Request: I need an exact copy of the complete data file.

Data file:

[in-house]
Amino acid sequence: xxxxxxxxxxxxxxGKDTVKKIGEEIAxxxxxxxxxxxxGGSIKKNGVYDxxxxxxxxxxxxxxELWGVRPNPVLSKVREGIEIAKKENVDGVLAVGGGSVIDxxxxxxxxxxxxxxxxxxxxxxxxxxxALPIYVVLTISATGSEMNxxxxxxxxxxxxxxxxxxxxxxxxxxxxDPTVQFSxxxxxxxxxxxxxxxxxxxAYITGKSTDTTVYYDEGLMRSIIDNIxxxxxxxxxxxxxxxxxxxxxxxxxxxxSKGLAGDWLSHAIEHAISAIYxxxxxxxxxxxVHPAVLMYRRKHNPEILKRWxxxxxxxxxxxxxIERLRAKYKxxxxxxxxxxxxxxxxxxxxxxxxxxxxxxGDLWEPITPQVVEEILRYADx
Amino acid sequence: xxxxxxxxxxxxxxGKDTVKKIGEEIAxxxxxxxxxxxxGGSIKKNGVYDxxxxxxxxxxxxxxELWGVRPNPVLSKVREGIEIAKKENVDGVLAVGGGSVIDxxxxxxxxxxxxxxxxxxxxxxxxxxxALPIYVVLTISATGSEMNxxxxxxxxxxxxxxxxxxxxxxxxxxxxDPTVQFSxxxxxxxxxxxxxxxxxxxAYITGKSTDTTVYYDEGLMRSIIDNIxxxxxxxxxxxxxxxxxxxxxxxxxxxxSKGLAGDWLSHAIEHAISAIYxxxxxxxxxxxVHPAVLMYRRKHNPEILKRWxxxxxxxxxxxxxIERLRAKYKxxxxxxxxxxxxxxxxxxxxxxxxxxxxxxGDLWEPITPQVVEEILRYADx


[in-house]
Amino acid sequence: xxxxxxxxxxxxxxGKDTVKKIGEEIAxxxxxxxxxxxxGGSIKKNGVYDxxxxxxxxxxxxxxELWGVRPNPVLSKVREGIEIAKKENVDGVLAVGGGSVIDxxxxxxxxxxxxxxxxxxxxxxxxxxxALPIYVVLTISATGSEMNxxxxxxxxxxxxxxxxxxxxxxxxxxxxDPTVQFSxxxxxxxxxxxxxxxxxxxAYITGKSTDTTVYYDEGLMRSIIDNIxxxxxxxxxxxxxxxxxxxxxxxxxxxxSKGLAGDWLSHAIEHAISAIYxxxxxxxxxxxVHPAVLMYRRKHNPEILKRWxxxxxxxxxxxxxIERLRAKYKxxxxxxxxxxxxxxxxxxxxxxxxxxxxxxGDLWEPITPQVVEEILRYADx
Amino acid sequence: xxxxxxxxxxxxxxGKDTVKKIGEEIAxxxxxxxxxxxxGGSIKKNGVYDxxxxxxxxxxxxxxELWGVRPNPVLSKVREGIEIAKKENVDGVLAVGGGSVIDxxxxxxxxxxxxxxxxxxxxxxxxxxxALPIYVVLTISATGSEMNxxxxxxxxxxxxxxxxxxxxxxxxxxxxDPTVQFSxxxxxxxxxxxxxxxxxxxAYITGKSTDTTVYYDEGLMRSIIDNIxxxxxxxxxxxxxxxxxxxxxxxxxxxxSKGLAGDWLSHAIEHAISAIYxxxxxxxxxxxVHPAVLMYRRKHNPEILKRWxxxxxxxxxxxxxIERLRAKYKxxxxxxxxxxxxxxxxxxxxxxxxxxxxxxGDLWEPITPQVVEEILRYADx